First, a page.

The Horse Forum

The Horse Forum (/)
-   English Riding (http://www.horseforum.com/english-riding/)
-   -   Whats the difference? (http://www.horseforum.com/english-riding/whats-difference-103233/)

polkadotsx 11-12-2011 04:00 PM

Whats the difference?
 
Hi, I am really excited to say, that after alot of begging and research, I am allowed to do horse lessons! :D I am so excited! I will be starting after christmas, so I have plently of time to save, and.... I have money for 2 lessons already. :D

My instructor said she does english horseback riding, and I was just wondering what the difference was?

Thanks! :D

Spyder 11-12-2011 04:45 PM

Quote:

Originally Posted by polkadotsx (Post 1231086)
My instructor said she does english horseback riding, and I was just wondering what the difference was?

Thanks! :D


Basic non descript that can be good or bad. Many are bad.

jinxremoving 11-12-2011 06:55 PM

Quote:

Originally Posted by Spyder (Post 1231105)
Basic non descript that can be good or bad. Many are bad.

I disagree. I've communicated with probably 12 barns in the last two years and not one I would even give a 5 out of 10 for customer service - even though some were amazing barns! I always have to pry information out of them, they are very vague on everything and it drives me up the friggin' wall. I don't know if it's a regional thing or what, but horse riding has to be one of the few industries where the owner can run a business with no customer service, charge $600+ a month and know everyone will be back next month only due to their passion to ride.

jinxremoving 11-12-2011 06:57 PM

Quote:

Originally Posted by polkadotsx (Post 1231086)
My instructor said she does english horseback riding, and I was just wondering what the difference was?

Most people will teach either english or western. What are you goals for riding? Do you want to jump? Do you want to pole bend? Barrel racing? Dressage? Trail ride with no ambition to compete?

Allison Finch 11-12-2011 07:08 PM

WELCOME to the forum!!


Yes, I believe that was what the barn was addressing...whether you wanted to train in western disciplines or english. When you decide which, then it is time to decide which of the english or western disciplines you want to pursue.

Once the decision is made, you can call the various barns in your area and find out which are going the route you want. Then, go to all of the ones who will fall in your category that are within reasonable driving distance.

Then you should go and watch some lessons being taught. Find the instructor, out of all the barns near you, that you feel you will enjoy taking lessons from the most. Talk with the instructor and the other students to get a good feel of the overall "atmosphere" of the barn and the learning environment.

Good luck with all of these decisions! I'm glad to see you are going forward.

Ray MacDonald 11-12-2011 07:23 PM

Great post Allison :) Subbing for any other questions needing answers! Yes, welcome to the forum!! And congrats on the lessons!

Spyder 11-12-2011 07:41 PM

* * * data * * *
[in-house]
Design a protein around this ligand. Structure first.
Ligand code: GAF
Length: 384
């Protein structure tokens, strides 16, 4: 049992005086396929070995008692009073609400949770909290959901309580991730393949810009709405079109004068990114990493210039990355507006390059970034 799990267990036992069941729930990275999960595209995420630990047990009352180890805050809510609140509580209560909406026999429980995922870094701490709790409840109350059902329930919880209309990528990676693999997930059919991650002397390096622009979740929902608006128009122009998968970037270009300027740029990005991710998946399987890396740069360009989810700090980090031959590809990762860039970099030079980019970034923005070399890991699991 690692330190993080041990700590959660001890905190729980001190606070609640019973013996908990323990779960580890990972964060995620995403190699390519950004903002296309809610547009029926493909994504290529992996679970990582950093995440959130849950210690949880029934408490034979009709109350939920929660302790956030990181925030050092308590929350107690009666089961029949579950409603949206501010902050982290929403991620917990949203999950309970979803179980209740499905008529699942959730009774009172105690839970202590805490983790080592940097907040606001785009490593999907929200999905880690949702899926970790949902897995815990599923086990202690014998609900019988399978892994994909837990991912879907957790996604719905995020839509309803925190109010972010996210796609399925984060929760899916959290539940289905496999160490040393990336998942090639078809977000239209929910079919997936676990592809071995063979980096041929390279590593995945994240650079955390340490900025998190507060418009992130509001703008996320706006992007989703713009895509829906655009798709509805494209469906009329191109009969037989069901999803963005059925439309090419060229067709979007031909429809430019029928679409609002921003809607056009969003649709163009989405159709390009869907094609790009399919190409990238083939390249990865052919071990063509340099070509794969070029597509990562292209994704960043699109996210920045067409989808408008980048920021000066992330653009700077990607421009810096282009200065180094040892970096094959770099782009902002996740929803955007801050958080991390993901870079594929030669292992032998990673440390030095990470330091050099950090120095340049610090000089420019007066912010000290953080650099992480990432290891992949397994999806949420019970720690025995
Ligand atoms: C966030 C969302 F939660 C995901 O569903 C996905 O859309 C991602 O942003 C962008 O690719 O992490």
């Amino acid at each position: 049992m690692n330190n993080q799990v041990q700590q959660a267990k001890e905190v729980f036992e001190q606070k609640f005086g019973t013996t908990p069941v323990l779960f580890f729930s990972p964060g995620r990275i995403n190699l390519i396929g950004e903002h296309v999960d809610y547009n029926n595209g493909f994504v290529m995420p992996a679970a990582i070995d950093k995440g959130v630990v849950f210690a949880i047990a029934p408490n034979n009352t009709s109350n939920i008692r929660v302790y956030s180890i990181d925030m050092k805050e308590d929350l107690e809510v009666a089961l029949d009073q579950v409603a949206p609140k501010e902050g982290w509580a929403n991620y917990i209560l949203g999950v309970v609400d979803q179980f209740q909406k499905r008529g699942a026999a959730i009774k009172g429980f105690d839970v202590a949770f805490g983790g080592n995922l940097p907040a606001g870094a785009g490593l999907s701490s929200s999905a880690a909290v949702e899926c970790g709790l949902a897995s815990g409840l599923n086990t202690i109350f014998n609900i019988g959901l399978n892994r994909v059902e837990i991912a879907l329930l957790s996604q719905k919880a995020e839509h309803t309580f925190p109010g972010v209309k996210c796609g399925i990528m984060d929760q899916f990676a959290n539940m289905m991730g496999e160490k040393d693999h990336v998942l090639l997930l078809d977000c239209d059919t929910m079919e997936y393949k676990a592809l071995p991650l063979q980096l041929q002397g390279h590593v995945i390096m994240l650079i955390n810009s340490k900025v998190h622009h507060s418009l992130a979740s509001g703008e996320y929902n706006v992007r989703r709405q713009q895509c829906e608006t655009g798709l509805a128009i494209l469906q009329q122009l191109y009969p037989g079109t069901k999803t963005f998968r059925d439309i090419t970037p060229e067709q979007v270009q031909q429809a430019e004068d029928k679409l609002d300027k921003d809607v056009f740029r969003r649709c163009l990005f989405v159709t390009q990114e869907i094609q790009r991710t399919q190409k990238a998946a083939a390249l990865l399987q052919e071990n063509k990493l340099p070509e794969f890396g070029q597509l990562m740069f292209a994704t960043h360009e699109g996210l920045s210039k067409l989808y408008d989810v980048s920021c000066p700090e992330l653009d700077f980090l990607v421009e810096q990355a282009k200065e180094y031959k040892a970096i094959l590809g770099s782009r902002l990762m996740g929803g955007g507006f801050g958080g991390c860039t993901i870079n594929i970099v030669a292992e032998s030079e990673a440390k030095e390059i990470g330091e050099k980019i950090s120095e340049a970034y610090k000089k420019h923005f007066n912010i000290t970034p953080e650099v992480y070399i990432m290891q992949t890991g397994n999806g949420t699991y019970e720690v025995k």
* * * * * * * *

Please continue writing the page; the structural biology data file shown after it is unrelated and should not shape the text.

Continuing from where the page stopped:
Quote:

Originally Posted by jinxremoving (Post 1231196)
I disagree. I've communicated with probably 12 barns in the last two years and not one I would even give a 5 out of 10 for customer service - even though some were amazing barns! I always have to pry information out of them, they are very vague on everything and it drives me up the friggin' wall. I don't know if it's a regional thing or what, but horse riding has to be one of the few industries where the owner can run a business with no customer service, charge $600+ a month and know everyone will be back next month only due to their passion to ride.


Thanks for AGREEING with me.

jinxremoving 11-12-2011 07:43 PM

Quote:

Originally Posted by Spyder (Post 1231244)
Thanks for AGREEING with me.

LOL! I guess I was agreeing with you, sorry. :)

tinyliny 11-12-2011 07:51 PM

Welcome to the forum. I agree that since lessons are really expensive, take some time and observe some lessons first to see which instructor you like the best. YOu can even learn some basic information by just watching for awhile. Then when you do get there and get in the saddle, you may know a little of what the instructor is talking about. It's really important that the instructor is easy to understnad and very positive in their outlook. So, observe several before deciding.

We hope you will share aobut how it goes when the time comes.

polkadotsx 11-12-2011 07:52 PM

:DSpyder: My second cousin has a horses, (some are rescues) and she trains them and such. She goes to this barn and is very close with the people who work there. She recommended me to go tot his barn and I trust her opinion :D

jinxremoving: What kind of questions should I ask? :oops: Im REALLY new at this..
as for goals and such..Im not to sure, I would like to jump, and try a few shows. Pole bend, Barrel racing and dressage? uhmm... ? I dont know what that is :lol: :D


Allison Finch: Thank you very muchh!!! :D Ive looked into western, and I think I like english :)
My second cousin, (the one who has horses) said she would be happy to meet me at the barn and introduce me to one of her friends who work there, and then give me a tour. Which, I will do and watch some lessons :D I will email and ask some questions, but what should I be looking for? (i.e=what do i need to know? and what would be a reasonable anwser?)

Ray MacDonald: Thanks, Im very excited to start!

Thank you all for your replys, very helpful! :D


All times are GMT -4. The time now is 03:21 AM.

Powered by vBulletin® Version 3.8.5
Copyright ©2000 - 2014, Jelsoft Enterprises Ltd.
Search Engine Friendly URLs by vBSEO 3.6.0